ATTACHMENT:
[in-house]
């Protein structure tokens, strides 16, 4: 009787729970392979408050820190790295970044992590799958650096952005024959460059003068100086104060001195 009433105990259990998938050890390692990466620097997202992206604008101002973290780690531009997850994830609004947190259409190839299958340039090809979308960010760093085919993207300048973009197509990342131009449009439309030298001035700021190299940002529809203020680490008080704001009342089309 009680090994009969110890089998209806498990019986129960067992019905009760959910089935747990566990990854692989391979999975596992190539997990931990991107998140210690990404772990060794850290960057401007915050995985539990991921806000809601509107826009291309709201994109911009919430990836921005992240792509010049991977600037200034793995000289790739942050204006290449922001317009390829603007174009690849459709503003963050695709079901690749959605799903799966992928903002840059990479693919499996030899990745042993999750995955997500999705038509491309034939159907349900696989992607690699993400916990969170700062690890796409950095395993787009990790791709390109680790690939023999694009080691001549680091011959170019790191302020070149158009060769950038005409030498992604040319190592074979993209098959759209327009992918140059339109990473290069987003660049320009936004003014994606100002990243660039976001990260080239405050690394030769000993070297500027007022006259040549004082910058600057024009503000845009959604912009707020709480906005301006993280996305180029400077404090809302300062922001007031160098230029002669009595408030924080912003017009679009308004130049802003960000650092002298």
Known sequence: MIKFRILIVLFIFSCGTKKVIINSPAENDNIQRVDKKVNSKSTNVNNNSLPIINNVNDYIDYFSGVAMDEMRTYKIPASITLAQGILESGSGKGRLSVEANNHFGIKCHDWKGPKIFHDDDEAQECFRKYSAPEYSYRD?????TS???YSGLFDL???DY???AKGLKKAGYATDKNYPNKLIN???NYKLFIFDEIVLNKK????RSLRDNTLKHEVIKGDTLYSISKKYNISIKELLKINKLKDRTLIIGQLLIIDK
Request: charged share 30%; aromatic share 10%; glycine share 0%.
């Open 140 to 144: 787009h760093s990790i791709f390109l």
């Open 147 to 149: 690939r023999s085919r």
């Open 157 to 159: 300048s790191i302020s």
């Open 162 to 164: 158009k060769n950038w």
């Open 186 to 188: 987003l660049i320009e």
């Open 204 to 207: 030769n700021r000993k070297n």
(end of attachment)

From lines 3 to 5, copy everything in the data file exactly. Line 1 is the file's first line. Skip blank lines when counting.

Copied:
Known sequence: MIKFRILIVLFIFSCGTKKVIINSPAENDNIQRVDKKVNSKSTNVNNNSLPIINNVNDYIDYFSGVAMDEMRTYKIPASITLAQGILESGSGKGRLSVEANNHFGIKCHDWKGPKIFHDDDEAQECFRKYSAPEYSYRD?????TS???YSGLFDL???DY???AKGLKKAGYATDKNYPNKLIN???NYKLFIFDEIVLNKK????RSLRDNTLKHEVIKGDTLYSISKKYNISIKELLKINKLKDRTLIIGQLLIIDK
Request: charged share 30%; aromatic share 10%; glycine share 0%.
């Open 140 to 144: 787009h760093s990790i791709f390109l």